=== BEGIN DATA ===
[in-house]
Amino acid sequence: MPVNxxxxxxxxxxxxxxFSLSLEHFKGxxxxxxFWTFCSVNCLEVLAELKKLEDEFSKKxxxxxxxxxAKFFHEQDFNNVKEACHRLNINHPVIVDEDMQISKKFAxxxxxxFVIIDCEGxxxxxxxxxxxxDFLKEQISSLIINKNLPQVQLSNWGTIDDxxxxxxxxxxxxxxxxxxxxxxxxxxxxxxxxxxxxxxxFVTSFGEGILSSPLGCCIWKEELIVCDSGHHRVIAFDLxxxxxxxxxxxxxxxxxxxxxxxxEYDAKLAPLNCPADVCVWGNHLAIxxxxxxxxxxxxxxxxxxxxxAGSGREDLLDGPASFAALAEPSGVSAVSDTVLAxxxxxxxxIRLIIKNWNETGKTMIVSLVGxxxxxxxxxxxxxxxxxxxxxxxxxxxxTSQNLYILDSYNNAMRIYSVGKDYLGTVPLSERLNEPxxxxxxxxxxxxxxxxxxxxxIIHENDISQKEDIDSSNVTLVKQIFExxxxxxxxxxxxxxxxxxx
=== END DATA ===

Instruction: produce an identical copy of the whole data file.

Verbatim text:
[in-house]
Amino acid sequence: MPVNxxxxxxxxxxxxxxFSLSLEHFKGxxxxxxFWTFCSVNCLEVLAELKKLEDEFSKKxxxxxxxxxAKFFHEQDFNNVKEACHRLNINHPVIVDEDMQISKKFAxxxxxxFVIIDCEGxxxxxxxxxxxxDFLKEQISSLIINKNLPQVQLSNWGTIDDxxxxxxxxxxxxxxxxxxxxxxxxxxxxxxxxxxxxxxxFVTSFGEGILSSPLGCCIWKEELIVCDSGHHRVIAFDLxxxxxxxxxxxxxxxxxxxxxxxxEYDAKLAPLNCPADVCVWGNHLAIxxxxxxxxxxxxxxxxxxxxxAGSGREDLLDGPASFAALAEPSGVSAVSDTVLAxxxxxxxxIRLIIKNWNETGKTMIVSLVGxxxxxxxxxxxxxxxxxxxxxxxxxxxxTSQNLYILDSYNNAMRIYSVGKDYLGTVPLSERLNEPxxxxxxxxxxxxxxxxxxxxxIIHENDISQKEDIDSSNVTLVKQIFExxxxxxxxxxxxxxxxxxx